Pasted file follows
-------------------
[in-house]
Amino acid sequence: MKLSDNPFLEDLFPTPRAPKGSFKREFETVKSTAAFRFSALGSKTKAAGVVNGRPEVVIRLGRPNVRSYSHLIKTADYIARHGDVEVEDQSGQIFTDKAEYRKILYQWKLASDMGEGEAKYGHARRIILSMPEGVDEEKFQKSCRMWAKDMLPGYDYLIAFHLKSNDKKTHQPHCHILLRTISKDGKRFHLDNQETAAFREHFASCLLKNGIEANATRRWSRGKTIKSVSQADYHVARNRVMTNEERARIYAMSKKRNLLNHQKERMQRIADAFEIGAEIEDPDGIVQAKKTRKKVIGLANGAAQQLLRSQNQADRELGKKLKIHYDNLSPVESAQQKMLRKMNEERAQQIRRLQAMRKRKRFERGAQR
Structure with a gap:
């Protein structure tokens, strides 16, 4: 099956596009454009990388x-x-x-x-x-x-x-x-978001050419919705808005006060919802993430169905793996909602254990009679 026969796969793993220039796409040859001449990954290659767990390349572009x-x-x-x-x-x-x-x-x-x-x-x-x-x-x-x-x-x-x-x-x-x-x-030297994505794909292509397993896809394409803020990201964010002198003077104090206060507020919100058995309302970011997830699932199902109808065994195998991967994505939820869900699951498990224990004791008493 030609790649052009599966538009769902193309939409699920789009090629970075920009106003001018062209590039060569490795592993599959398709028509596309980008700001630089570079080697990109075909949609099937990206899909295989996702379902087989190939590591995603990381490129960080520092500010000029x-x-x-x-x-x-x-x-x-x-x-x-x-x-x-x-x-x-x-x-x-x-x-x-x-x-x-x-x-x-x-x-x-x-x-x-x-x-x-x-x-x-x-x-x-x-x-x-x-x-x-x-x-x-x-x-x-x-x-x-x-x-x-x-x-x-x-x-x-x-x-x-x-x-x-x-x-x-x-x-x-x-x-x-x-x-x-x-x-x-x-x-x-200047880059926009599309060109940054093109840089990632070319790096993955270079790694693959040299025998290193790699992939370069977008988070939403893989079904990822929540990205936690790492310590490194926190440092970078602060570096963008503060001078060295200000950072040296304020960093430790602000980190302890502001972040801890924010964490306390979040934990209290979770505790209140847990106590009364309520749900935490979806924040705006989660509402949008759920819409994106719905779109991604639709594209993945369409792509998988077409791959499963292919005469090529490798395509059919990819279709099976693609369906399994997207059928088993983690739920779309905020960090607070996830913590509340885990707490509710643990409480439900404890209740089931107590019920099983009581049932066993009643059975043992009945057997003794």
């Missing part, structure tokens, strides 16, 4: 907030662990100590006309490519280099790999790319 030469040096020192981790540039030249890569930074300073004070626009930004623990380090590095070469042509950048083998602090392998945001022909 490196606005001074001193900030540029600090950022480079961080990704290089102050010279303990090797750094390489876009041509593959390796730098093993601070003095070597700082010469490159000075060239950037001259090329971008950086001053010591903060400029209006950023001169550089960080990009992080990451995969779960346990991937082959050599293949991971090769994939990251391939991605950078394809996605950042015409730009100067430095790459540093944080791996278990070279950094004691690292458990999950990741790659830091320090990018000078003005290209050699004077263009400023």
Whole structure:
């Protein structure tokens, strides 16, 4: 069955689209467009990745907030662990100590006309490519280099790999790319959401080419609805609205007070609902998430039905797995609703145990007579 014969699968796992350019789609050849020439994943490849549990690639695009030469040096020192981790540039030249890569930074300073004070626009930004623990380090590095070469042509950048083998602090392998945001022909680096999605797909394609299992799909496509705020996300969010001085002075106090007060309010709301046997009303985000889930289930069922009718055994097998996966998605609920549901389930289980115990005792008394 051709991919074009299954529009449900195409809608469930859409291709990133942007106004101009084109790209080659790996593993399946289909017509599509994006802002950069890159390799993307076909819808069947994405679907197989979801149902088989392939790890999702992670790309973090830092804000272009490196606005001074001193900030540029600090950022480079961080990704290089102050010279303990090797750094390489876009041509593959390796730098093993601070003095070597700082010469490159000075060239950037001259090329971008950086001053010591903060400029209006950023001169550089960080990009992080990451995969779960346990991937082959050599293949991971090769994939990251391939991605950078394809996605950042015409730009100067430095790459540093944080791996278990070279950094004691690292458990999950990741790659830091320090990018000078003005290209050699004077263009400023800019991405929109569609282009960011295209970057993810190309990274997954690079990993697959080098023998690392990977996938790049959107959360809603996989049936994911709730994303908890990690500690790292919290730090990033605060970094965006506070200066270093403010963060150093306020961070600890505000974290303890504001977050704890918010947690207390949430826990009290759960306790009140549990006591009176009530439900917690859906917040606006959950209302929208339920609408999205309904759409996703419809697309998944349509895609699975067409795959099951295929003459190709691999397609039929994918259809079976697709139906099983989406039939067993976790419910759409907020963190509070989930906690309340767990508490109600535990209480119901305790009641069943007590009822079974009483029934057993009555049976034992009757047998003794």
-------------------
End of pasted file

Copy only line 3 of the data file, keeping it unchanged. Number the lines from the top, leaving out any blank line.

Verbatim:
Structure with a gap: